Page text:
In the fall of 2003, I paid $5 to see Sage Francis perform at my small college in Pennsylvania. After graduation, Sage’s “Hell of a Year” – on repeat – got me through the depression of post-graduate-underemployment, then the first year of law school. It was a happy coincidence when I started to ride; Sage has probably used the most cycling-related lyrics out of any MC in history (a particular favorite is from "Pressure Cooker": "Hyperventilating praying for the end of days to come / By selling survival kits, New Testament Bibles to Zionists / And training wheels to professional cyclists"). Late last year, when I finally got around to listening to his newer music, I replaced “Hell of a Year” with “The Best of Times” and “Make Em Purr.”
Remember in the last Lord of the Rings trilogy, when Frodo is essentially red-lining for about four hours? If you combine that with the lyrics from “Make Em Purr,” minus the sick cat, the result is a pretty good description of my life for the past five months. Riding used to be how I dealt with a string of dead-end jobs, getting bullied for having a Japanese face but being too American, and slowly losing the majority of my friends. When I got too sick to ride, I thought my world was over. I was bitter and angry that it couldn’t keep my head above water for more than three years. In hindsight, it’s an unreasonable demand – I don’t think any amount of solitary riding could have kept me upright – but that didn’t do much for the crushing depression that followed. It felt – and still feels – like having my heart broken every single day. I sat in front of my immobile bike and cried and cried and cried. I stopped going outside. I stopped doing much of anything.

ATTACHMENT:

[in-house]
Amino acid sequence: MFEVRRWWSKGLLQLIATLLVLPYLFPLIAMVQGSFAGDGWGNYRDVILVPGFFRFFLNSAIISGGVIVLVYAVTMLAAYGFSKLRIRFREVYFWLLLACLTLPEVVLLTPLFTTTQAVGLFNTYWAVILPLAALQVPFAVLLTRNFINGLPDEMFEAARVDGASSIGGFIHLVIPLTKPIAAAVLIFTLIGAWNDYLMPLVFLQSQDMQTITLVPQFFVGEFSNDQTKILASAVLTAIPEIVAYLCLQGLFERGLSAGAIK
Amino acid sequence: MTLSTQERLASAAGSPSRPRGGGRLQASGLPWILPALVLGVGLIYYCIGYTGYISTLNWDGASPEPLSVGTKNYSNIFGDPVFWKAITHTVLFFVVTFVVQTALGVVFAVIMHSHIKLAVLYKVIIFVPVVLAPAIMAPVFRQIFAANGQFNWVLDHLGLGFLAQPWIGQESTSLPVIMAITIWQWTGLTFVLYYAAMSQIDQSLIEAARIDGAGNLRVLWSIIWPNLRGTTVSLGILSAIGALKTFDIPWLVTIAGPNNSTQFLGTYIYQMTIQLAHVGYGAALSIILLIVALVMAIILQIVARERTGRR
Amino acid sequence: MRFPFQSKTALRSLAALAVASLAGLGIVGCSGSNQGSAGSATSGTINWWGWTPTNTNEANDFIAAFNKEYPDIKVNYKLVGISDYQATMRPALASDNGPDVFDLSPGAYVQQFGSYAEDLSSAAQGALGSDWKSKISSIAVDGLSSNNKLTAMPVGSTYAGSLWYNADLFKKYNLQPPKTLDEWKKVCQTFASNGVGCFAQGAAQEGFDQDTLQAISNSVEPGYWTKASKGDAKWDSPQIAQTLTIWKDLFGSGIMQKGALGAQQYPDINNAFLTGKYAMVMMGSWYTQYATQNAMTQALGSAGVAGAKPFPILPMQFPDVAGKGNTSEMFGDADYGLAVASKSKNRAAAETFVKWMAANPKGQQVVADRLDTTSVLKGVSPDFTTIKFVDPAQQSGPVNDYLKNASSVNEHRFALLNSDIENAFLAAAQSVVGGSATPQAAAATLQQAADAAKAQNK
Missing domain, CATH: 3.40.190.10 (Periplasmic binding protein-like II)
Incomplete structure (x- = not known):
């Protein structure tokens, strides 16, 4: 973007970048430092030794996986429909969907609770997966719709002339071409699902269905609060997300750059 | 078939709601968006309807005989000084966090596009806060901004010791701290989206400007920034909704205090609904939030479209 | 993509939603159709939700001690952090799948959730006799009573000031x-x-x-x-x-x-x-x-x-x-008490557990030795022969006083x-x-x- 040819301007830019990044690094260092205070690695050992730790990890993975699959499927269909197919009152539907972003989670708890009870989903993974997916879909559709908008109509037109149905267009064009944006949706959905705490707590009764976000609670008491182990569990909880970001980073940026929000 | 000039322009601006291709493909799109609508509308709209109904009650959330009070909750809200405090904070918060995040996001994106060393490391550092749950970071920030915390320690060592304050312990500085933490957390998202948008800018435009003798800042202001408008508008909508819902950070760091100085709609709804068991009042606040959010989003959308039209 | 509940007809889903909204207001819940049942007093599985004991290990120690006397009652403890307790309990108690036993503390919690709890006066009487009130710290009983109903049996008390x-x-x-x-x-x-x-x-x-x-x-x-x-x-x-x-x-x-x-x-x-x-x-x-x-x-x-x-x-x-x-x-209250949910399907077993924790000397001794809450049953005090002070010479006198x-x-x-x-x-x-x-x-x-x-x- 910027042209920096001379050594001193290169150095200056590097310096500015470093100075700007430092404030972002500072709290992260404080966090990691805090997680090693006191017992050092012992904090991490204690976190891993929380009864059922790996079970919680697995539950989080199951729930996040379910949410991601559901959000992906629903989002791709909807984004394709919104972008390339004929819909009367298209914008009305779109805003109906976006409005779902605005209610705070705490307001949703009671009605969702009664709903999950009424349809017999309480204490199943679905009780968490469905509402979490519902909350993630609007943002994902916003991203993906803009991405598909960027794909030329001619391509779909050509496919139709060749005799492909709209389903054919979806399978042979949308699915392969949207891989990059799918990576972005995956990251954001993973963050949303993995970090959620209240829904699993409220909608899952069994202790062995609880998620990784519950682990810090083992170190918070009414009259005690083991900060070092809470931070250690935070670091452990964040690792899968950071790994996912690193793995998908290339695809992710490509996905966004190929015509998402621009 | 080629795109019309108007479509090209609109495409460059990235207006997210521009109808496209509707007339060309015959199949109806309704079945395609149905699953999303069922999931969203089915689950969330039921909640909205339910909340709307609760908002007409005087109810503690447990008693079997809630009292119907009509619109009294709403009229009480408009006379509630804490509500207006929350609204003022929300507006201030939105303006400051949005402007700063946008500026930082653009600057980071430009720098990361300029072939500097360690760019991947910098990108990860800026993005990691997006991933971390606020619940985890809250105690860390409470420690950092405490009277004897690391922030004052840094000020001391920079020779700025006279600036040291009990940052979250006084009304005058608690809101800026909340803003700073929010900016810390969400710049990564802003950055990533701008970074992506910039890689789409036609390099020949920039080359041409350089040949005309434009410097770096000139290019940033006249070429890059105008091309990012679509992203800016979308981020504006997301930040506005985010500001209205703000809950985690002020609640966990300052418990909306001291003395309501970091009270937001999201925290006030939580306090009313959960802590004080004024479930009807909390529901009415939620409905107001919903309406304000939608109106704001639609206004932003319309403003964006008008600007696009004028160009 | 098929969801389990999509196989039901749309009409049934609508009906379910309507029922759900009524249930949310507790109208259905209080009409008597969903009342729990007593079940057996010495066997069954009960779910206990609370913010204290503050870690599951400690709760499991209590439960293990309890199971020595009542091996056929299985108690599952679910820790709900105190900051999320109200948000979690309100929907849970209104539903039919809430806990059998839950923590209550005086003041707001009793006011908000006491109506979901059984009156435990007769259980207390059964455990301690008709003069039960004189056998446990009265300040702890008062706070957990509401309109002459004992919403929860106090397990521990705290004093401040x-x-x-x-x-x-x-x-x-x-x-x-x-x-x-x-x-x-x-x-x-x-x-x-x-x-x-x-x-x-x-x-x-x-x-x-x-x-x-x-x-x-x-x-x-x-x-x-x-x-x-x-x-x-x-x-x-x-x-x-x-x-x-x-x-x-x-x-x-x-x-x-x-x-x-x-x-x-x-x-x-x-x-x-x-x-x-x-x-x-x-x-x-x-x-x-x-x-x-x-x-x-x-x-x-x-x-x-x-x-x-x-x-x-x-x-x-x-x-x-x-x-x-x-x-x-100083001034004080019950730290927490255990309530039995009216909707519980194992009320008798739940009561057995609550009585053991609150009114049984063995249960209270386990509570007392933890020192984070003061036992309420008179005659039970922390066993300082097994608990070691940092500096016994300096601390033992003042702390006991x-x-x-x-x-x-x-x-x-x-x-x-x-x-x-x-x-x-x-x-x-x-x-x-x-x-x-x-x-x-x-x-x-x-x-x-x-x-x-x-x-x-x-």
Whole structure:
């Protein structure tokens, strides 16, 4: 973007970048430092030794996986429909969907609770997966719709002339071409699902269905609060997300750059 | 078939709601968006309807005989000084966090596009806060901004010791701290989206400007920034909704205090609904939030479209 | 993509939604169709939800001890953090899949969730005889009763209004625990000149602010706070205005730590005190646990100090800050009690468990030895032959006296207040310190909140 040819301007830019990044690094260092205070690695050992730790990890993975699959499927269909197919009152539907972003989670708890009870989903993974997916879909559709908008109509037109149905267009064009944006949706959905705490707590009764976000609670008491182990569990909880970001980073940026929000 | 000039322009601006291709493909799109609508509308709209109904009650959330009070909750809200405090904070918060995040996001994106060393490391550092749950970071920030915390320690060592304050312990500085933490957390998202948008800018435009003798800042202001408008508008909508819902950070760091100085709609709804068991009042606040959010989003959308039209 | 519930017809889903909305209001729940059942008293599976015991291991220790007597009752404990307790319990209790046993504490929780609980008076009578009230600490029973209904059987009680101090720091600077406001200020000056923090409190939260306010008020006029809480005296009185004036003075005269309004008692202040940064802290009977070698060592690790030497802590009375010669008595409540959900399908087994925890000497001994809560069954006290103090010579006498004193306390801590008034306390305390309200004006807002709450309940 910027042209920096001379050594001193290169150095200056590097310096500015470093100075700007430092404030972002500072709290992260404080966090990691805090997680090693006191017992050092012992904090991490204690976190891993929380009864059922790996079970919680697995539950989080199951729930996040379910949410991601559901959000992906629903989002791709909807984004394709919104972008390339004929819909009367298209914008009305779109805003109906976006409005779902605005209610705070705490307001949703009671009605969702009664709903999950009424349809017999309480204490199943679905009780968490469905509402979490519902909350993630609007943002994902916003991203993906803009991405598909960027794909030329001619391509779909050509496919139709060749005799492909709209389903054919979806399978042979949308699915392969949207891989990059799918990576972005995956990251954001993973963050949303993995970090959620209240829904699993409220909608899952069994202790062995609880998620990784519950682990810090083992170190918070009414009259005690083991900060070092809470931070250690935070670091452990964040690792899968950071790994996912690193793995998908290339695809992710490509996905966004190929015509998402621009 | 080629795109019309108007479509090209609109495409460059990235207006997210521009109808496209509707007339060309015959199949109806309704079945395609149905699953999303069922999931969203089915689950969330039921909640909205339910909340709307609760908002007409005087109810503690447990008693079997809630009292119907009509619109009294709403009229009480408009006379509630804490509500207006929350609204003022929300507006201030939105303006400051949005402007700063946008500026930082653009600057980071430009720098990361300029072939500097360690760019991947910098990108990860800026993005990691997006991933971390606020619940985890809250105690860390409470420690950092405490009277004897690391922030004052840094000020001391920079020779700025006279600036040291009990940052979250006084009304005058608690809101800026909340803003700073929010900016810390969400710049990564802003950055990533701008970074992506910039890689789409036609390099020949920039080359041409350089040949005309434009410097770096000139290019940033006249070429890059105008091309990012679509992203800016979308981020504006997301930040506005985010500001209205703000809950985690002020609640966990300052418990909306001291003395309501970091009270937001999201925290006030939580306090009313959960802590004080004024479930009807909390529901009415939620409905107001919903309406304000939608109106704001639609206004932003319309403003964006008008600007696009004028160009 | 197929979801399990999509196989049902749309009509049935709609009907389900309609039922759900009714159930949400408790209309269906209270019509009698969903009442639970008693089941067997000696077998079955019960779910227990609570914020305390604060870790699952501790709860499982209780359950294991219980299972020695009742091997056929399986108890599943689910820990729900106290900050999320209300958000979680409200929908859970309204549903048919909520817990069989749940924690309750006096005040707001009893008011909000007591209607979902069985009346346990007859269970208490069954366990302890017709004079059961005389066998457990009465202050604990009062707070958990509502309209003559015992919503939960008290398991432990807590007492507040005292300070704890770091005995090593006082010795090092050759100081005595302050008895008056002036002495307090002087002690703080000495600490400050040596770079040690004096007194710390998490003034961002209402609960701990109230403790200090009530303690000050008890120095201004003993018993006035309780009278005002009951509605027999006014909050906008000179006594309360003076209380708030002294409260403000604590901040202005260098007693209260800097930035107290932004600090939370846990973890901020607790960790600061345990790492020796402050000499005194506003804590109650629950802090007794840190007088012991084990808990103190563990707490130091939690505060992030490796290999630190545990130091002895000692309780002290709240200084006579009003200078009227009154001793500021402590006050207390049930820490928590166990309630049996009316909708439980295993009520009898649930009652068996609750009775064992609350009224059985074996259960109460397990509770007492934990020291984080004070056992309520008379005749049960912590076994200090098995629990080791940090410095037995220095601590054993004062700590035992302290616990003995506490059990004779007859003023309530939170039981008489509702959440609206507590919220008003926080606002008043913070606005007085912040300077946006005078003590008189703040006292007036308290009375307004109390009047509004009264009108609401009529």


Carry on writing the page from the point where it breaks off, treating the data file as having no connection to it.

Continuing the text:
Maybe if you stay still long enough, that kind of depression will make you bottom out, break through to some other side where your brain overloads on sadness and you inexplicably become capable of taking care of yourself again. I don’t know, because instead of waiting it out, I started to self-medicate with food art.
It’s silly, I know, because rearranging crumbs on a plate isn’t exactly meaningful. It doesn’t make beautiful music. It doesn’t help me build those skills I probably need to get that job I should probably apply to so I can start climbing that corporate ladder to further that career I should probably have. It doesn't even make me feel better half the time, and I doubt it makes me a better person. But like Sage’s music, it does the nearly impossible: it keeps me from drowning, and that counts for something.
Sweep the head, breaking bread with the best of 'em
Crumbs left under the table for the rest of 'em
Song: Cheat Code
Artist: Sage Francis
Materials used: bread crumbs